The mostly like explanation is that the GOP’s paymasters in real estate and banking quietly had a word with them after the election.  I’d guess it went something like this:

“We greatly appreciate the help from the Tea Party in getting you guys back into a position of power.  But now these neophytes need to step aside and let the big boys take over.”

So which is it?  Is the GOP lying when they say we don’t need more AD, and that Fed policy is too easy?

Or are they lying when they say we need smaller government, and that the housing fiasco was caused by people like Barney Frank, who promoted the GSEs?

Part 2:  Regulation later

And then there’s the Dems.  They used the subprime fiasco to rail against unregulated free market capitalism, the so-called “market fundamentalism” of people like . . . well people like me.  Of course the true market fundamentalists were always opposed to the housing/banking system, which was riddled with moral hazard.  Unfortunately there were plenty of so-called market fundamentalists who cheer-leaded the “deregulation” of banking the the US, Ireland, Iceland, etc, thereby discrediting the entire movement.

In any case, the Dems did get around to “re-regulating” the housing mortgage system in the US.  More than a kilo-page of re-regulation.  There’s just one thing, they forgot to ban un-insured subprime mortgages.  That’s right, the alleged cause of the entire mess, which is already banned in many countries the Dems seem to hold up as models, was given a free pass.  There is no requirement that buyers put at least 20% down.  Indeed there is no requirement that they put even 5% down.  Nor are there any plans to phase in such a ban over a 5 or 10 year time frame.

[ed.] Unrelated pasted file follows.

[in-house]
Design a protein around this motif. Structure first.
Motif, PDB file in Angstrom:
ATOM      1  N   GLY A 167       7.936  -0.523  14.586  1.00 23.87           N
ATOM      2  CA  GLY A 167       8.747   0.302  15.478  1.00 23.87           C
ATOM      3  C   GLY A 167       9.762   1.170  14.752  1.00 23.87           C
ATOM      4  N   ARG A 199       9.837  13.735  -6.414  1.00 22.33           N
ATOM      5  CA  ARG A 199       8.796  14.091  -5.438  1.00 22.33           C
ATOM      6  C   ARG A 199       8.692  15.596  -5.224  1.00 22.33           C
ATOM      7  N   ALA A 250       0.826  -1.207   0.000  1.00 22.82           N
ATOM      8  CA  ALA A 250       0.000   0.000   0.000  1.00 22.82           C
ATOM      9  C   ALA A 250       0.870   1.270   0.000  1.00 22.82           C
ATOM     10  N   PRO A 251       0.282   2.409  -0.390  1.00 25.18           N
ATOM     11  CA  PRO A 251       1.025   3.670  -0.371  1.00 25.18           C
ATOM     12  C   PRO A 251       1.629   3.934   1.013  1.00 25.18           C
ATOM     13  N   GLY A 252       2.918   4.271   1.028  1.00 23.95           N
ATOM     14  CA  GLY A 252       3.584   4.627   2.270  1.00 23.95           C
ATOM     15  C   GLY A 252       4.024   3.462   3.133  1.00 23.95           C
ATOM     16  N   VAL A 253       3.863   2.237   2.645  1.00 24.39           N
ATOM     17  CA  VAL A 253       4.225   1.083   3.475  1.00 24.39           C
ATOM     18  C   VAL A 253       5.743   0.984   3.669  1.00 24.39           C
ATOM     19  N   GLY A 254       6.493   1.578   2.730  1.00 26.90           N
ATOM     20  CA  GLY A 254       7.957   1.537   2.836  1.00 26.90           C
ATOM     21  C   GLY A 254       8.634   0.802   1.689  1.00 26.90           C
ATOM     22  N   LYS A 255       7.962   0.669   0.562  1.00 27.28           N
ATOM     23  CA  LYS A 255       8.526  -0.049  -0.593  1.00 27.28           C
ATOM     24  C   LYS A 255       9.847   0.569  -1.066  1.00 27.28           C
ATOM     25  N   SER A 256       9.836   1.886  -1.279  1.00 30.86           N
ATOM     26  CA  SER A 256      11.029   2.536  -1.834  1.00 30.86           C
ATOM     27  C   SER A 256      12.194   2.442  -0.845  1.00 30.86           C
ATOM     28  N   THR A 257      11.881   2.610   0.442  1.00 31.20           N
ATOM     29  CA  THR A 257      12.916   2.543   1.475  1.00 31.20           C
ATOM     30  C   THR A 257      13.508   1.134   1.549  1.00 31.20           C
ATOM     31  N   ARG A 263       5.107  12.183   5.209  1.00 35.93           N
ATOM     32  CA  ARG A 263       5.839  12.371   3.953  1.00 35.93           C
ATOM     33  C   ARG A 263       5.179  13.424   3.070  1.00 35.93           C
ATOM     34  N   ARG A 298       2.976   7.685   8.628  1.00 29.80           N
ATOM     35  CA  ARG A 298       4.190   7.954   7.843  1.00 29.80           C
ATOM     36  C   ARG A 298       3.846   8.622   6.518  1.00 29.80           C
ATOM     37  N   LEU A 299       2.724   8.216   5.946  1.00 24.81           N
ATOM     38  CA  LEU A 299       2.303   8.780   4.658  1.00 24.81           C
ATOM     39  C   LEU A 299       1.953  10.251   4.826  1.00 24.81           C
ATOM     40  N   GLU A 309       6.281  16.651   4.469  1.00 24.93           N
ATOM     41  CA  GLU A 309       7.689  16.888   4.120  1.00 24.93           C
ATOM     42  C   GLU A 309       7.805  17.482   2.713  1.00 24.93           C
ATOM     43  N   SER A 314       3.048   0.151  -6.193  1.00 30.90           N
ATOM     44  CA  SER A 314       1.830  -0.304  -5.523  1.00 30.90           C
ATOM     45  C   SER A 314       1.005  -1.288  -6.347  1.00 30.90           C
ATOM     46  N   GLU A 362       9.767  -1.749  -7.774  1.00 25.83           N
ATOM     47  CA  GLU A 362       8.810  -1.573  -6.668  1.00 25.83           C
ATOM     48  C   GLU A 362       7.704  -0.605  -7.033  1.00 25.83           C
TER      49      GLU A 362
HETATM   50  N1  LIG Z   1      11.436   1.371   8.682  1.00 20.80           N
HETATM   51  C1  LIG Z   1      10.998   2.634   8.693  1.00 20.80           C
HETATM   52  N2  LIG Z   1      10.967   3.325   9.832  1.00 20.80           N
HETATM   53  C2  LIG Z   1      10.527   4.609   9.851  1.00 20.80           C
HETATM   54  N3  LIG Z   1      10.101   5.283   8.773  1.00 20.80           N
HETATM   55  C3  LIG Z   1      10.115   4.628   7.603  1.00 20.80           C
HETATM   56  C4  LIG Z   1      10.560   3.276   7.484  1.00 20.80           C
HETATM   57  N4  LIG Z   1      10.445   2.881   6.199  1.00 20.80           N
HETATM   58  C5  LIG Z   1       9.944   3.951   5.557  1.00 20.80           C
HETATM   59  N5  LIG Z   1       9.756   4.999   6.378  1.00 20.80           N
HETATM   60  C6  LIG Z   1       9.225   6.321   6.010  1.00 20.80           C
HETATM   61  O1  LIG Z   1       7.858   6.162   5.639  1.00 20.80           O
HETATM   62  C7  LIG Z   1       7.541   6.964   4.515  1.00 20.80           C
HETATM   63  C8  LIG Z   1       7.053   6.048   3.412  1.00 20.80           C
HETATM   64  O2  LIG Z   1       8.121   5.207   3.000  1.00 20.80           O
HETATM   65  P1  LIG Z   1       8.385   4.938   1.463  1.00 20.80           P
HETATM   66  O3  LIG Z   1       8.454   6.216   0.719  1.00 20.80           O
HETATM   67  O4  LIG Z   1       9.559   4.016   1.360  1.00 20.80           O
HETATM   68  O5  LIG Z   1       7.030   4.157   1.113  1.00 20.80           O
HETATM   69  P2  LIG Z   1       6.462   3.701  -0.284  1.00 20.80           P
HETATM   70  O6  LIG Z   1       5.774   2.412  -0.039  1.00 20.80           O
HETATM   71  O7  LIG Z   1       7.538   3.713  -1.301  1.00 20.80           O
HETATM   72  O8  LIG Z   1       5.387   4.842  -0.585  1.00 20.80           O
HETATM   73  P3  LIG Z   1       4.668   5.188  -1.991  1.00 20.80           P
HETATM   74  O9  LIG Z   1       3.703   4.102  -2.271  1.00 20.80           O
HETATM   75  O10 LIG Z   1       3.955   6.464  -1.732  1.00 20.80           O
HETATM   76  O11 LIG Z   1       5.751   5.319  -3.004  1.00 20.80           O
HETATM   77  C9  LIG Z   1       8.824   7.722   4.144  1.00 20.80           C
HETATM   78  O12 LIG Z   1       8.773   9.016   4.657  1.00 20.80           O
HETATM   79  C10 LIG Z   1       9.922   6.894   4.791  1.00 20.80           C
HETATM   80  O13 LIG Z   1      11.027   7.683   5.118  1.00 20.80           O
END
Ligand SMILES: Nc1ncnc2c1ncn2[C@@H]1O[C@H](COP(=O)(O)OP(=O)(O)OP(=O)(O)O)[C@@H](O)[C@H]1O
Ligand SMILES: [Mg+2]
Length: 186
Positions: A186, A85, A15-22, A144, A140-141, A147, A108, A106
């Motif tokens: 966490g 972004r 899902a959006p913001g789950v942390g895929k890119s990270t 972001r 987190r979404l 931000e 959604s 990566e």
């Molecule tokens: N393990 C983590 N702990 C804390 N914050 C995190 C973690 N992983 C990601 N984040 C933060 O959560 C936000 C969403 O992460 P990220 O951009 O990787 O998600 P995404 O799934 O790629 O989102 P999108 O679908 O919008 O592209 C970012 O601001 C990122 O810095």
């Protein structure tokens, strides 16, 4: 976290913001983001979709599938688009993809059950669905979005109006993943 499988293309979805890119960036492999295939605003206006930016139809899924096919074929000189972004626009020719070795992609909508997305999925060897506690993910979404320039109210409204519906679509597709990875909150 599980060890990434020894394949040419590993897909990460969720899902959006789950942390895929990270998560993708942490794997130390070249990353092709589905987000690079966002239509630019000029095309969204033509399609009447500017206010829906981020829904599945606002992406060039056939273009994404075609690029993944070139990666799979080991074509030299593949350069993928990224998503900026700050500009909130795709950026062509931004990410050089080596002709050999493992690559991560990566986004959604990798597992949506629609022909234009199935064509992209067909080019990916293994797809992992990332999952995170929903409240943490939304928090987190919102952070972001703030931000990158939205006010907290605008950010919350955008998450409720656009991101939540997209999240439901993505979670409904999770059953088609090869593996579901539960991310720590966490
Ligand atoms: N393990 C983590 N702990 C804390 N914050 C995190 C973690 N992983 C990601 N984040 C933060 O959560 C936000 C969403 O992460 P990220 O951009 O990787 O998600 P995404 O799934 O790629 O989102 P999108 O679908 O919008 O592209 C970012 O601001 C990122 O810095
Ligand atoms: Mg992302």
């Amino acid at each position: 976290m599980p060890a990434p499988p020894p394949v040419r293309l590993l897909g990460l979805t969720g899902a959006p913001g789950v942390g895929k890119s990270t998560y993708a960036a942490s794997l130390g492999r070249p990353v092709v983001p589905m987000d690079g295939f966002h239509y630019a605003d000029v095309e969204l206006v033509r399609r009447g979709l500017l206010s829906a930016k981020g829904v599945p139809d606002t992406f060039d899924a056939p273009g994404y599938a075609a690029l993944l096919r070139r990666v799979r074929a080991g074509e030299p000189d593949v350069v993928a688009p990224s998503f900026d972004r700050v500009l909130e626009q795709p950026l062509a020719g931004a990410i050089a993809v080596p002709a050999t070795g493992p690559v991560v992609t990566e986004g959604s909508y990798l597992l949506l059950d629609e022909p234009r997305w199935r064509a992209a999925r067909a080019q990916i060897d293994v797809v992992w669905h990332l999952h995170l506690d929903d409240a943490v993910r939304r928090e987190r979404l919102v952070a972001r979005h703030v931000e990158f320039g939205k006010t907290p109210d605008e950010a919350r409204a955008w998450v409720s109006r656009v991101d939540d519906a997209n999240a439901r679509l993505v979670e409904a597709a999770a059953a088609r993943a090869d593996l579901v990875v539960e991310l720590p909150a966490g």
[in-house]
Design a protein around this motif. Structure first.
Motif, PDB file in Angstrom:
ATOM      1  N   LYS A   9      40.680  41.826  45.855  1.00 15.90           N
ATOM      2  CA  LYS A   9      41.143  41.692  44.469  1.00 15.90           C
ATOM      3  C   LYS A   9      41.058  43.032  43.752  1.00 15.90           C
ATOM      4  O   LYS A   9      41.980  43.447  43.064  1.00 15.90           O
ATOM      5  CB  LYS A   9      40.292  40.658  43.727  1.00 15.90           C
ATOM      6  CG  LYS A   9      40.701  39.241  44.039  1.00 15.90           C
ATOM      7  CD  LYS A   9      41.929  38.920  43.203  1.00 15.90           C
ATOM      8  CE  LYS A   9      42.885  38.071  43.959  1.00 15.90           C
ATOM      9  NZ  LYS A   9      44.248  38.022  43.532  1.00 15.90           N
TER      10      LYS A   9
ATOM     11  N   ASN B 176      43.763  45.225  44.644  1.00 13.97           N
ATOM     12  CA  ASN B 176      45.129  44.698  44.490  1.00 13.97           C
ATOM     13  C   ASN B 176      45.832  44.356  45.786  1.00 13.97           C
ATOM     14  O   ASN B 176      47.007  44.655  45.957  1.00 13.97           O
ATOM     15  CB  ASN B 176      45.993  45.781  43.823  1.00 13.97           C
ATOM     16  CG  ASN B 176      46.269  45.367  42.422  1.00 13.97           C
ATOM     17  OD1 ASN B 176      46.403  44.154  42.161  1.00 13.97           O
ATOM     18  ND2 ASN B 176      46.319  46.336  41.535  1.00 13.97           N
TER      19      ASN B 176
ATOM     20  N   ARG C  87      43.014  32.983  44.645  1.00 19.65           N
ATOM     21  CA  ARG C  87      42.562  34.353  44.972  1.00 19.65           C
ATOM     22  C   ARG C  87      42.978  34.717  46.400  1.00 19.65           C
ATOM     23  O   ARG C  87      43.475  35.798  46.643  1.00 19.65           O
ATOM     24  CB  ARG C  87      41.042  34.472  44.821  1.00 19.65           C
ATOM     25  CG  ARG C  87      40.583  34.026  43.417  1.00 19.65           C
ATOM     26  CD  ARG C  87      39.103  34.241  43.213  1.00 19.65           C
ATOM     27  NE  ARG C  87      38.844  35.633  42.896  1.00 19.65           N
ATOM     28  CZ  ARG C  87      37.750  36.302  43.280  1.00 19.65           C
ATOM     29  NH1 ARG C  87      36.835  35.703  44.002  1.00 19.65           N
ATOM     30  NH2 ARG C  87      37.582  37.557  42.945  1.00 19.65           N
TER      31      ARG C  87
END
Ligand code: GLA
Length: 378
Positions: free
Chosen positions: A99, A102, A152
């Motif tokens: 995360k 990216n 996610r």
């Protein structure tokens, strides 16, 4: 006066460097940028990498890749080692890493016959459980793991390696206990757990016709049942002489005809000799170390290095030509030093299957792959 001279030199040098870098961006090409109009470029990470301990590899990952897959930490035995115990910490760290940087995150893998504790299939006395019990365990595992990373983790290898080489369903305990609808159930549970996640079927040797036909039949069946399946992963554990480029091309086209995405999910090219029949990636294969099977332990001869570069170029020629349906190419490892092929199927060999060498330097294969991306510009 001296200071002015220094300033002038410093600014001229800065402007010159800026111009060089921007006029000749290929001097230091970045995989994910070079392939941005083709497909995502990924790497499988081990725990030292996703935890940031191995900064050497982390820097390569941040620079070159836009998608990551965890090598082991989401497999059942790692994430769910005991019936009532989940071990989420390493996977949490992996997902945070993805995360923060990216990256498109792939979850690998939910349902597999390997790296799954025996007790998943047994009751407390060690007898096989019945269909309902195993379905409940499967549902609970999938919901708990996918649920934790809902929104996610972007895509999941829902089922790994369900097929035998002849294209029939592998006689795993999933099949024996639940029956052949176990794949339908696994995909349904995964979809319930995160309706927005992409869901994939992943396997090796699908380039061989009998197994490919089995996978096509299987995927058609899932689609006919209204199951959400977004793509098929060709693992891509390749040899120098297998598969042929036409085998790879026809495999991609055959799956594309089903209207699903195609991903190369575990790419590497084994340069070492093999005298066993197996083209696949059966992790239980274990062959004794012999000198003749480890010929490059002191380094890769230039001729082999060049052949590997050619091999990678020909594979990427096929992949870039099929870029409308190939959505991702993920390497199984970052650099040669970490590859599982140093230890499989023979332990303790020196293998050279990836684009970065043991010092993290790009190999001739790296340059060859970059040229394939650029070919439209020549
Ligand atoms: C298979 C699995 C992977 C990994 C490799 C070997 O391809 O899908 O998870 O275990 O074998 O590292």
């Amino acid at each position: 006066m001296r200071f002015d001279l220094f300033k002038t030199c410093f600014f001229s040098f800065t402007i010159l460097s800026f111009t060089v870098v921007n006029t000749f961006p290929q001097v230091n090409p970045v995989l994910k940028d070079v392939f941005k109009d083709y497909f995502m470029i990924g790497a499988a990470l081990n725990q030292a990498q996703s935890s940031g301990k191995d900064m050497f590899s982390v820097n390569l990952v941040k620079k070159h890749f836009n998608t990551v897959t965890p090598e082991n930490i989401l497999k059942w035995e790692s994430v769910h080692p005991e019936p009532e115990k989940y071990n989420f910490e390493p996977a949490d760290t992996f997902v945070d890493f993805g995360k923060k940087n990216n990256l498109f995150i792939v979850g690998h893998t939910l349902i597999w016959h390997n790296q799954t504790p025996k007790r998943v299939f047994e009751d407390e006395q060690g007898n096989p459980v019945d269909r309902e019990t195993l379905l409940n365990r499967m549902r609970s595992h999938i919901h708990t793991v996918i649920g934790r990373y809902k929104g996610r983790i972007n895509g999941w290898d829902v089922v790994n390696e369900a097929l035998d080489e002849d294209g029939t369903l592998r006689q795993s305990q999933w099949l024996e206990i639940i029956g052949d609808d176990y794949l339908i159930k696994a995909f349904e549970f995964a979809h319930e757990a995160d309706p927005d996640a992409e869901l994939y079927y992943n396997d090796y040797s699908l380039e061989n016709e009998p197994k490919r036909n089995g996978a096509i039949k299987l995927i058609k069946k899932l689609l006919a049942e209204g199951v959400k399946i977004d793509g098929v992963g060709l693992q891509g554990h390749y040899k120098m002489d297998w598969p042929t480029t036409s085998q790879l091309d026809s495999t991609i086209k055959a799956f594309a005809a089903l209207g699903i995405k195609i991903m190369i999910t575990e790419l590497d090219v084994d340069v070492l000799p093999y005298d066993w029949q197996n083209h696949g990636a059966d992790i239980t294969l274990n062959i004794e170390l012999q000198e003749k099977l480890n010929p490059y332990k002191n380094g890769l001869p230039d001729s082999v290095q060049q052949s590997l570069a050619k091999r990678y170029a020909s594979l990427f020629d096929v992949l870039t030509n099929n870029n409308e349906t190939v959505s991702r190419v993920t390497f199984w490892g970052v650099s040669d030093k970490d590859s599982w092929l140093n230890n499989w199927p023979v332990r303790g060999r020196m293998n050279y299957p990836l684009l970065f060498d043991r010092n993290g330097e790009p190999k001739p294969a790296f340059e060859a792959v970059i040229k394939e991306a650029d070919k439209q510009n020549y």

So if regulation isn’t really the motivation of the Dems, what is?  The same WSJ article provides one answer:

Democrats tend to favor a more active role for the government in housing to ensure that underserved communities have access to mortgages.

So there you are.  The GOP doesn’t favor small government and the Dems don’t favor regulation.  Instead the GOP favors a bloc of people who vote for the GOP and contribute money to their campaigns, and the Dems favor a bloc of people who vote for the Dems and contribute money to their campaigns.

I’m not so cynical (yet) that I would deny there are some idealists in politics.  My hunch is that some politicians (even some I don’t like such as Barney Frank) are driven partly by idealistic motives.  After all, Frank recently mentioned abolishing Fannie and Freddie.  But whatever idealism exists is not strong enough to overcome the special interest groups.

Fortunately, good governance is not a zero-sum game, so once and a while the two parties come together and strike a deal that is win-win (such as the 1978 deregulation bill, or the 1986 tax reform, or the 1996 welfare reform.)